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I have a small function in java that does a HTTP POST, and returns a JSON Object. This function return the JSON Object.

public JSONObject send_data(ArrayList<NameValuePair> params){
    JSONObject response;
    try {
        response = new JSONObject(CustomHttpClient.executeHttpPost(URL, params).toString());
        return response;
    } catch(Exception e) {
        // do smthng
    }
}

This shows me an error that the function must return a JSONObject. how do i make it work? I cant send a JSONObject when there is an error, can I? It would be useless to send a blank jsonobject

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6 Answers 6

up vote 0 down vote accepted

There's a path through the function that doesn't return anything; the compiler doesn't like that.

You can change this to

catch(Exception e) {
    // do smthng
    return null; <-- added line
}
or put the return null (or some reasonable default value) after the exception block.
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This is because you are only returning a JSONObject if everything goes smoothly. However, if an exception gets thrown, you will enter the catch block and not return anything from the function.

You need to either

  • Return something in the catch block. For example:

    //...
    catch(Exception e) {
        return null;
    }
    //...
    
  • Return something after the catch block. For example:

    //...
    catch (Exception e) {
        //You should probably at least log a message here but we'll ignore that for brevity.
    }
    return null;
    
  • Throw an exception out of the method (if you choose this option, you will need to add throws to the declaration of send_data).

    public JSONObject send_data(ArrayList<NameValuePair> params) throws Exception {
        return new JSONObject(CustomHttpClient.executeHttpPost(URL, params).toString());
    }
    
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Just semantics... but catch -loop-? –  Shaded Oct 20 '11 at 19:26
    
catch block. the catch is not a loop! –  DwB Oct 20 '11 at 19:31
    
@Shaded, DwB Oops. Thanks for catching that. –  Jack Edmonds Oct 20 '11 at 19:32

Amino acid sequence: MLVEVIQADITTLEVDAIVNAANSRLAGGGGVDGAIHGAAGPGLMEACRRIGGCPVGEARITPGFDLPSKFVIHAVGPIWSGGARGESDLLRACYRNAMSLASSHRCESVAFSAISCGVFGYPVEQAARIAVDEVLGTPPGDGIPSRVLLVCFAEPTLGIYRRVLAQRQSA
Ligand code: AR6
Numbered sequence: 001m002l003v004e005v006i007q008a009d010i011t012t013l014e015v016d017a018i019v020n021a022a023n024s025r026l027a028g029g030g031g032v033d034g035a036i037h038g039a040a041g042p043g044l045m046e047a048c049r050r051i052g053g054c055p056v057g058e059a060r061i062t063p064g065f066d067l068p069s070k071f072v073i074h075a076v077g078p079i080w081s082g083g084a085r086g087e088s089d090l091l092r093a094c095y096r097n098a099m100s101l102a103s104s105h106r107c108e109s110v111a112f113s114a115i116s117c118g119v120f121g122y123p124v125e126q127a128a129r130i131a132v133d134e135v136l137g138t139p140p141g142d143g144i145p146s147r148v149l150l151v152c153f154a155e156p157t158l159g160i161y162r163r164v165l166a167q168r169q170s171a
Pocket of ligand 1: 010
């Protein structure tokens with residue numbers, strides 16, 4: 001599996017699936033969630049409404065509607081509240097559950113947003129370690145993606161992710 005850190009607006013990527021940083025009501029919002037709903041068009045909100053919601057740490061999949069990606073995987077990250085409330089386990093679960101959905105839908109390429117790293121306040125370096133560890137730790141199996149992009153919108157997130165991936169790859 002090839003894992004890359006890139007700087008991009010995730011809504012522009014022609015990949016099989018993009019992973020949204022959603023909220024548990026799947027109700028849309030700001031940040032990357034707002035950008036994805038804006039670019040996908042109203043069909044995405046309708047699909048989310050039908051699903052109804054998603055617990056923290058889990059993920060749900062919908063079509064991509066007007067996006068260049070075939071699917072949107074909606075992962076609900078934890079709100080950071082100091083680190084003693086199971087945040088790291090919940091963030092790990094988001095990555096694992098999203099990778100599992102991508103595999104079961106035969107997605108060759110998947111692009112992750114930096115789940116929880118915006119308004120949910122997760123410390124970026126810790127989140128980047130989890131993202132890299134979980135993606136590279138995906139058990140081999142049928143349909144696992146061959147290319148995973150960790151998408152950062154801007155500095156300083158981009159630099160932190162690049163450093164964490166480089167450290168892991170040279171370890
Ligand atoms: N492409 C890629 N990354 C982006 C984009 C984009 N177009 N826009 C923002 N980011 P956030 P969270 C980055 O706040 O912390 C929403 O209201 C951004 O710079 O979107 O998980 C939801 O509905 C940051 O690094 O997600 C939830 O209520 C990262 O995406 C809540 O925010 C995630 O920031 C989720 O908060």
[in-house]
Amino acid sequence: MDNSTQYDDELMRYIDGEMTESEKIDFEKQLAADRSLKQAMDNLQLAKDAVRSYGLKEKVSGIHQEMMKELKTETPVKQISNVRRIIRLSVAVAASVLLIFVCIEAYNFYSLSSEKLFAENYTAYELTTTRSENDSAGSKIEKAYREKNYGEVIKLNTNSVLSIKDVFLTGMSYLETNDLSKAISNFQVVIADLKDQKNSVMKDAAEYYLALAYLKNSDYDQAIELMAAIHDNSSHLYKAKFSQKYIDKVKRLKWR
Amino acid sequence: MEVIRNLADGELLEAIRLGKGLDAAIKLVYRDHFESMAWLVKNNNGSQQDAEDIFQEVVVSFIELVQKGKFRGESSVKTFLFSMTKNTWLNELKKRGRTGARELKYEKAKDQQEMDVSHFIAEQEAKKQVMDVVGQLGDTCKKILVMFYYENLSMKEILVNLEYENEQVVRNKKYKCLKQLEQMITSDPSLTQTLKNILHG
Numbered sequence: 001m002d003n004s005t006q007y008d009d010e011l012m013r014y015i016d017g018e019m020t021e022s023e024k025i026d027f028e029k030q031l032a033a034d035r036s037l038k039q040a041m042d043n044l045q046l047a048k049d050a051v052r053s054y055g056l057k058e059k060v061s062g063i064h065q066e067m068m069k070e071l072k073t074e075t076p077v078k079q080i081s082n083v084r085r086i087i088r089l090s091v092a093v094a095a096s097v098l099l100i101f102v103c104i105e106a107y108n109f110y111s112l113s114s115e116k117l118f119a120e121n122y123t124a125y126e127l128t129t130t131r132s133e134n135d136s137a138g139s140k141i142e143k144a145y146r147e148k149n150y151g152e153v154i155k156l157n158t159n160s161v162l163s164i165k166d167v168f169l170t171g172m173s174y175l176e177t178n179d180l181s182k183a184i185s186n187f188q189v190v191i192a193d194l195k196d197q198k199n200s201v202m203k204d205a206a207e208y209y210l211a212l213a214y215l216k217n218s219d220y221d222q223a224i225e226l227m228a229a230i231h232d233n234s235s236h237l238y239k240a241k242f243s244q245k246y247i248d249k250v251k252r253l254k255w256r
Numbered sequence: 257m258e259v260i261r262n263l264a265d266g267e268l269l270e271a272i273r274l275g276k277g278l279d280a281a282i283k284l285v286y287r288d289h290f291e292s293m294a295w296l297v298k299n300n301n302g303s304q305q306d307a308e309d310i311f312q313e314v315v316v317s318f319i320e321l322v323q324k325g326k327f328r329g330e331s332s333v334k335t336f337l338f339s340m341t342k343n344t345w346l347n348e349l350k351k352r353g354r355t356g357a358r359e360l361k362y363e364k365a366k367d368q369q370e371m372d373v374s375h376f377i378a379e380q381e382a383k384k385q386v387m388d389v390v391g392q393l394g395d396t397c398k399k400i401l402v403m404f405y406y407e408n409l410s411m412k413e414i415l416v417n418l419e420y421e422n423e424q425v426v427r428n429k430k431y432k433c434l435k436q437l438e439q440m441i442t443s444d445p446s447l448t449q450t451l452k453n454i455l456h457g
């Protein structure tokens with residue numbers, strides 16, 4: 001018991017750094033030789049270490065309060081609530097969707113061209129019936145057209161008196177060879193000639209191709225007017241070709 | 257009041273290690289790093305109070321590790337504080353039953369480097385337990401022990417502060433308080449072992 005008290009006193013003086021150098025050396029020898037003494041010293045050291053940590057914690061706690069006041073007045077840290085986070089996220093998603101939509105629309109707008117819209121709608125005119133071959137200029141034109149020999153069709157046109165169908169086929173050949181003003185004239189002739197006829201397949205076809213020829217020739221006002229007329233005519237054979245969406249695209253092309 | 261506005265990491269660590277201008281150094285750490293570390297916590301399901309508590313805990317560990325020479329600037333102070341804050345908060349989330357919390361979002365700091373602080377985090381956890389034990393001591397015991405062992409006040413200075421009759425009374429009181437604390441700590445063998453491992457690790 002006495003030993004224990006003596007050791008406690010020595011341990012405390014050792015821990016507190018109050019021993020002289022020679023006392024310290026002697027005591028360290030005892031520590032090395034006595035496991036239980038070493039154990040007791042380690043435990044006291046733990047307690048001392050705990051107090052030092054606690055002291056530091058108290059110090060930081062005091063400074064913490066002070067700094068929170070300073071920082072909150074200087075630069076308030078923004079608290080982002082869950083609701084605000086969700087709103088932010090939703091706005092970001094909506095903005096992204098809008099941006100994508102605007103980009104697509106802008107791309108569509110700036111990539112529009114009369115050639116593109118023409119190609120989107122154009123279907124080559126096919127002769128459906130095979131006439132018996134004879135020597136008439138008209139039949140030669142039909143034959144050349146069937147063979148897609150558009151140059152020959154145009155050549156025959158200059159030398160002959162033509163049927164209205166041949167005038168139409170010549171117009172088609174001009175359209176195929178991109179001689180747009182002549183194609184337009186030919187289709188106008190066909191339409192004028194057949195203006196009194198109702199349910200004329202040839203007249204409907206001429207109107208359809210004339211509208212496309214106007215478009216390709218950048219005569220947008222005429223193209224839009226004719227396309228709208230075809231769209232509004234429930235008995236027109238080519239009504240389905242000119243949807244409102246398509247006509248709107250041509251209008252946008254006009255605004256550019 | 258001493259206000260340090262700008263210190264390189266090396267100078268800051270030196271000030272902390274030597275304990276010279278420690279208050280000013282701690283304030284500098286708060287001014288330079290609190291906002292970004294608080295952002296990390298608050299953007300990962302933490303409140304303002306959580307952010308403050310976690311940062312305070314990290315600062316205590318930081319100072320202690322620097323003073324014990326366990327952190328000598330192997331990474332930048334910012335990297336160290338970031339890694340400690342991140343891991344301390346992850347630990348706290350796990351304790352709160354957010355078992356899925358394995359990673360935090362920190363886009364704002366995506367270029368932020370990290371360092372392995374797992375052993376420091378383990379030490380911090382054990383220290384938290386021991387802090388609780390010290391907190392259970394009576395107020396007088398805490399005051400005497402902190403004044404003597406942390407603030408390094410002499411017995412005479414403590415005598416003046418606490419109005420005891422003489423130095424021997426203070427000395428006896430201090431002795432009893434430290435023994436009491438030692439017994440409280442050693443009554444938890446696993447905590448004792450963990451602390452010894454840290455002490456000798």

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You could change it to this:

public JSONObject send_data(ArrayList<NameValuePair> params){
    JSONObject response = null;
    try {
        response = new JSONObject(CustomHttpClient.executeHttpPost(URL, params).toString());
    } catch(Exception e) {
        // do smthng
    }

    return response;
}
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It's reasonble to return 'something' even in an error condition. Look at JSend for a way to standardize your responses - http://labs.omniti.com/labs/jsend

In my opinion it's easiest to return an error json object and handle that on the client side then to solely rely on HTTP error codes since not all frameworks deal with those as well as they could.

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The send_data() method should throw an exception so that the code calling send_data() has control over how it wants to handle the exception.

public JSONObject send_data(ArrayList<NameValuePair> params) throws Exception {
  JSONObject response = new JSONObject(CustomHttpClient.executeHttpPost(URL, params).toString());
  return response;
}

public void someOtherMethod(){
  try{
    JSONObject response = sendData(...);
    //...
  } catch (Exception e){
    //do something like print an error message
    System.out.println("Error sending request: " + e.getMessage());
  }
}
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I prefer one entry and one exit. Something like this seems reasonable to me:

public JSONObject send_data(ArrayList<NameValuePair> params)
{
    JSONObject returnValue;
    try
    {
        returnValue = new JSONObject(CustomHttpClient.executeHttpPost(URL, params).toString());
    }
    catch (Exception e)
    {
        returnValue = new JSONObject(); // empty json object .
        // returnValue = null; // null if you like.
    }

    return returnValue;
}
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